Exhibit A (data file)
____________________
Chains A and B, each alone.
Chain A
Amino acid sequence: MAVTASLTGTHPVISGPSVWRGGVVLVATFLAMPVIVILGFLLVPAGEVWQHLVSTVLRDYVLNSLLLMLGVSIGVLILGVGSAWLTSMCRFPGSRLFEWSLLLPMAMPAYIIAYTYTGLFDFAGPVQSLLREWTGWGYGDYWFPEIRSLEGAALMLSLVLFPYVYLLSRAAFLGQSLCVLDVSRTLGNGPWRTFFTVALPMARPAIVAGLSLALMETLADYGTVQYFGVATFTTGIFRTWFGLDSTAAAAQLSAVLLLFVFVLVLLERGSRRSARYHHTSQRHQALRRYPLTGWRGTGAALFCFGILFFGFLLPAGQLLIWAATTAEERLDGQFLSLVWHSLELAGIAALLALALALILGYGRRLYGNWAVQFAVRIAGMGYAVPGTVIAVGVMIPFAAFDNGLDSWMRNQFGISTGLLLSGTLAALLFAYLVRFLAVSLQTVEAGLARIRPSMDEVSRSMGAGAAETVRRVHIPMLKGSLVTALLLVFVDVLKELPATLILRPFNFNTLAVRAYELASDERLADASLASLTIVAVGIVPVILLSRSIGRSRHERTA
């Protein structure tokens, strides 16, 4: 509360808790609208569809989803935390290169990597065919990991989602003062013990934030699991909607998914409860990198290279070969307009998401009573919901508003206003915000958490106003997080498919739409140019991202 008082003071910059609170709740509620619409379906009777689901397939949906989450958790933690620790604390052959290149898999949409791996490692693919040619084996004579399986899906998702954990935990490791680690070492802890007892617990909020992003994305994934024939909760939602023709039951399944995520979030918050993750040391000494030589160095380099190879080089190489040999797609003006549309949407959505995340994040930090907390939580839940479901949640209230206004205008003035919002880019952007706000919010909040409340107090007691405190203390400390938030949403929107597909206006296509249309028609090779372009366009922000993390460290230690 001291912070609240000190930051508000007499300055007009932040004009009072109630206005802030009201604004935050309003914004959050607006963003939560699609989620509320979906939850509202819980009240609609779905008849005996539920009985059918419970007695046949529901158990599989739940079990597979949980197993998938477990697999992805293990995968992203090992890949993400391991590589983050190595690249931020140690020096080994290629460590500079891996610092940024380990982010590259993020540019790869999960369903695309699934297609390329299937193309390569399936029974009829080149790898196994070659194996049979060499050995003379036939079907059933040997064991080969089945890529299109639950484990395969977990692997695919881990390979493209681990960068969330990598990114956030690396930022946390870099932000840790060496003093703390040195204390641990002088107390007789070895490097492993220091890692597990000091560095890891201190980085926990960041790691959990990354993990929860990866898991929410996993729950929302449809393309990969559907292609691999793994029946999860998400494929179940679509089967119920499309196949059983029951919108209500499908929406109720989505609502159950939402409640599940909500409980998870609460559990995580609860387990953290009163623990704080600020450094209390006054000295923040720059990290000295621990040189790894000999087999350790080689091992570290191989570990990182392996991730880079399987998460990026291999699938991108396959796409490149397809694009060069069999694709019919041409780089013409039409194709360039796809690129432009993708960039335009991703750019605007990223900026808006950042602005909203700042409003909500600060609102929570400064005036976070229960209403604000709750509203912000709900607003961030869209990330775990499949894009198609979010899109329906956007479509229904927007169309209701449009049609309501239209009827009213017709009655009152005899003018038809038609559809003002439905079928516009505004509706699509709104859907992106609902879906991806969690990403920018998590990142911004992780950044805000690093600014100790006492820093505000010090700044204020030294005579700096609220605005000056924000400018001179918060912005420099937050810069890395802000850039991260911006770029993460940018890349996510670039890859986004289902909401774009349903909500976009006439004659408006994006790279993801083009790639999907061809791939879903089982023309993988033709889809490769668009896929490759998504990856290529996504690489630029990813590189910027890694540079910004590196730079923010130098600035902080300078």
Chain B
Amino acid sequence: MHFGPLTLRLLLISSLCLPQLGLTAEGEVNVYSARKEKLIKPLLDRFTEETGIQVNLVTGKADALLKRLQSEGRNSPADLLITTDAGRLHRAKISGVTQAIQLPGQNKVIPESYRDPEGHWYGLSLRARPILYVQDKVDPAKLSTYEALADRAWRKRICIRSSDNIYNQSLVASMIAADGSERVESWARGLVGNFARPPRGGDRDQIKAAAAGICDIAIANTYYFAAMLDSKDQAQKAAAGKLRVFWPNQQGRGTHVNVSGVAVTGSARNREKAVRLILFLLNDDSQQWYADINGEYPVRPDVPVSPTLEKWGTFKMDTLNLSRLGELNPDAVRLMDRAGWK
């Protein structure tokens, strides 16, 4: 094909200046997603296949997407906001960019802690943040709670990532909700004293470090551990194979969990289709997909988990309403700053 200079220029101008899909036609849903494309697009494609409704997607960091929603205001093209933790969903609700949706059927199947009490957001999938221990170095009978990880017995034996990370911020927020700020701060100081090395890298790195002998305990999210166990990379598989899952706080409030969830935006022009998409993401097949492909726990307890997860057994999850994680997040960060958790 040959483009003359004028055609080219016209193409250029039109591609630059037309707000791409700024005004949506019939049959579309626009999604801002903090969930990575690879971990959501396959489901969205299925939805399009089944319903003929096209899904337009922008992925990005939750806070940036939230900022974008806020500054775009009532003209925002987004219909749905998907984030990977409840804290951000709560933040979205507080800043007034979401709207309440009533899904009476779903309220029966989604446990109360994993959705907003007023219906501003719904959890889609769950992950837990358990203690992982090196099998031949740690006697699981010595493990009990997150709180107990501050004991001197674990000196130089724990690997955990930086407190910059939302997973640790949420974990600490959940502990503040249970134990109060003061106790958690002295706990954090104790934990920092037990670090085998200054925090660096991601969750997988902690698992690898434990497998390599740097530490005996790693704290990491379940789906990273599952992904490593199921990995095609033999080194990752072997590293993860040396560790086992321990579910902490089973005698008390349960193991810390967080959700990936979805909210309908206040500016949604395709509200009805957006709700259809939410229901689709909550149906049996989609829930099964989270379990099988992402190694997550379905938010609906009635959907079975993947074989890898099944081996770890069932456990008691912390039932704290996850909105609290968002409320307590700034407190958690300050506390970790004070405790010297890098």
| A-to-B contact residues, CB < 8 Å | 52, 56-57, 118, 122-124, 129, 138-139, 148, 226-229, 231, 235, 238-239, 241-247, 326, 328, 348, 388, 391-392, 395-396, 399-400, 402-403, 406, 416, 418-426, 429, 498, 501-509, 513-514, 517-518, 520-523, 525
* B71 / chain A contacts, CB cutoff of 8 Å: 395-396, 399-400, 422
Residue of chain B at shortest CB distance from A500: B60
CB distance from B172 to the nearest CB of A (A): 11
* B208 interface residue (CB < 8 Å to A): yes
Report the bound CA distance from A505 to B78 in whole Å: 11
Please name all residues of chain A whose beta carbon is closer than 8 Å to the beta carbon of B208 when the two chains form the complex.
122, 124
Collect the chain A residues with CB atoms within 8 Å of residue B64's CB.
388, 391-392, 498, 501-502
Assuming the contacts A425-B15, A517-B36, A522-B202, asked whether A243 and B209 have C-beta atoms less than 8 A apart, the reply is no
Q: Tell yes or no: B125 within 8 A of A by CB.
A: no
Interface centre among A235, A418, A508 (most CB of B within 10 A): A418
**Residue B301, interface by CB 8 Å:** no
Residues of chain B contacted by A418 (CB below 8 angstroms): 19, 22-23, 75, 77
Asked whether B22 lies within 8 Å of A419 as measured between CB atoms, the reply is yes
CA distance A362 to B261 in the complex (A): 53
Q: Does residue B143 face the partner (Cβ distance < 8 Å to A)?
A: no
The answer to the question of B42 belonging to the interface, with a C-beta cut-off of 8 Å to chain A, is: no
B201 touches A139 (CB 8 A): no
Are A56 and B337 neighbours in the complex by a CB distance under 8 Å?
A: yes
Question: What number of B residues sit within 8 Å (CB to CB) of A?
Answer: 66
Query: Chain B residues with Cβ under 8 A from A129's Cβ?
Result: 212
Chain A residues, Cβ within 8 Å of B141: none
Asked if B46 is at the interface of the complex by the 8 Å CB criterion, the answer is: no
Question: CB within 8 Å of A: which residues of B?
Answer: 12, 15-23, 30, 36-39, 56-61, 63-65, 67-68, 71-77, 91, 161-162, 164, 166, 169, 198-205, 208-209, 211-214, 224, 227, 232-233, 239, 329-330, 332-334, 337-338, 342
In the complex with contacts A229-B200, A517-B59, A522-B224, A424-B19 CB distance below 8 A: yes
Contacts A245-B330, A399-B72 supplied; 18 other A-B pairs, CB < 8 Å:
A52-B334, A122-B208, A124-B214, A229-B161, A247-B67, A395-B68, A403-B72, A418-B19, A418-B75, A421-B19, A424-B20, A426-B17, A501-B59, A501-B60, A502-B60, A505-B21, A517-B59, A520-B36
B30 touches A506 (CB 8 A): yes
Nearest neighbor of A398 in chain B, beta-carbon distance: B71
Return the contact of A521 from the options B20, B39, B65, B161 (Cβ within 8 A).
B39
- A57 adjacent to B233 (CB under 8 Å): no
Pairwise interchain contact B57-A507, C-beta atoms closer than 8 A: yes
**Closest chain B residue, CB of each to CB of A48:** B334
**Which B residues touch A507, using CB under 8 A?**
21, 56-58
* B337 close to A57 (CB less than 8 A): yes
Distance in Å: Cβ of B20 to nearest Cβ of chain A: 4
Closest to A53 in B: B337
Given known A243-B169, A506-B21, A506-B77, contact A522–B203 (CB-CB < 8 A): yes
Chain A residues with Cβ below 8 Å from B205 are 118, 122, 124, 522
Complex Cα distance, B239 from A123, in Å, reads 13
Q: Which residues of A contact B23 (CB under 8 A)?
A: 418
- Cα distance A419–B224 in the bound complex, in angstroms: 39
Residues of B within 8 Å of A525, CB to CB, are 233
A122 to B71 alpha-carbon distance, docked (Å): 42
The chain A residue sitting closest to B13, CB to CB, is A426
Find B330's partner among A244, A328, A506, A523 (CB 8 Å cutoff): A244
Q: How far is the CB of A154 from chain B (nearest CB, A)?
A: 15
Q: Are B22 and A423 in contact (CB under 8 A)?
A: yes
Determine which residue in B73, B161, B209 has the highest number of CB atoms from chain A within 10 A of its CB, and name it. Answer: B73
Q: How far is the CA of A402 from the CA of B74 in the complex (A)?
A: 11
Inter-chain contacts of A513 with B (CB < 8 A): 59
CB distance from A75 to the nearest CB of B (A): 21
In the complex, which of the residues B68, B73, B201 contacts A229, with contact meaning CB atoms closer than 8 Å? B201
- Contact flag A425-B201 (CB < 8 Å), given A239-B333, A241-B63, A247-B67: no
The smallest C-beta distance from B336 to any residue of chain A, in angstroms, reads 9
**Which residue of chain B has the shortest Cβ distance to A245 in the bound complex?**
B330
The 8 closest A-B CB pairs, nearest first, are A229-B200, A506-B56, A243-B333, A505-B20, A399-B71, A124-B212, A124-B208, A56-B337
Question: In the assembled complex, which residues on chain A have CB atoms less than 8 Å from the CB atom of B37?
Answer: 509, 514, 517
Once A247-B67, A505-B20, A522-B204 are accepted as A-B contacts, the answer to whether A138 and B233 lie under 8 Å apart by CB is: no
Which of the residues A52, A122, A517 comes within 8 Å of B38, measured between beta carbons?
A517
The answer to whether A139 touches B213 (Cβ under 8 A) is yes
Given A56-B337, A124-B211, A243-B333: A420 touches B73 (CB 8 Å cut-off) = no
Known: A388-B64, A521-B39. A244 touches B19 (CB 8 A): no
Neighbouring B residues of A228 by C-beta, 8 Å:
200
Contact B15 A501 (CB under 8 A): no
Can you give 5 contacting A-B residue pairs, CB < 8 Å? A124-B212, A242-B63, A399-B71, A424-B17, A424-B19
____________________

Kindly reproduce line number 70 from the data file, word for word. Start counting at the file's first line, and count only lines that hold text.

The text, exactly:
Q: How far is the CA of A402 from the CA of B74 in the complex (A)?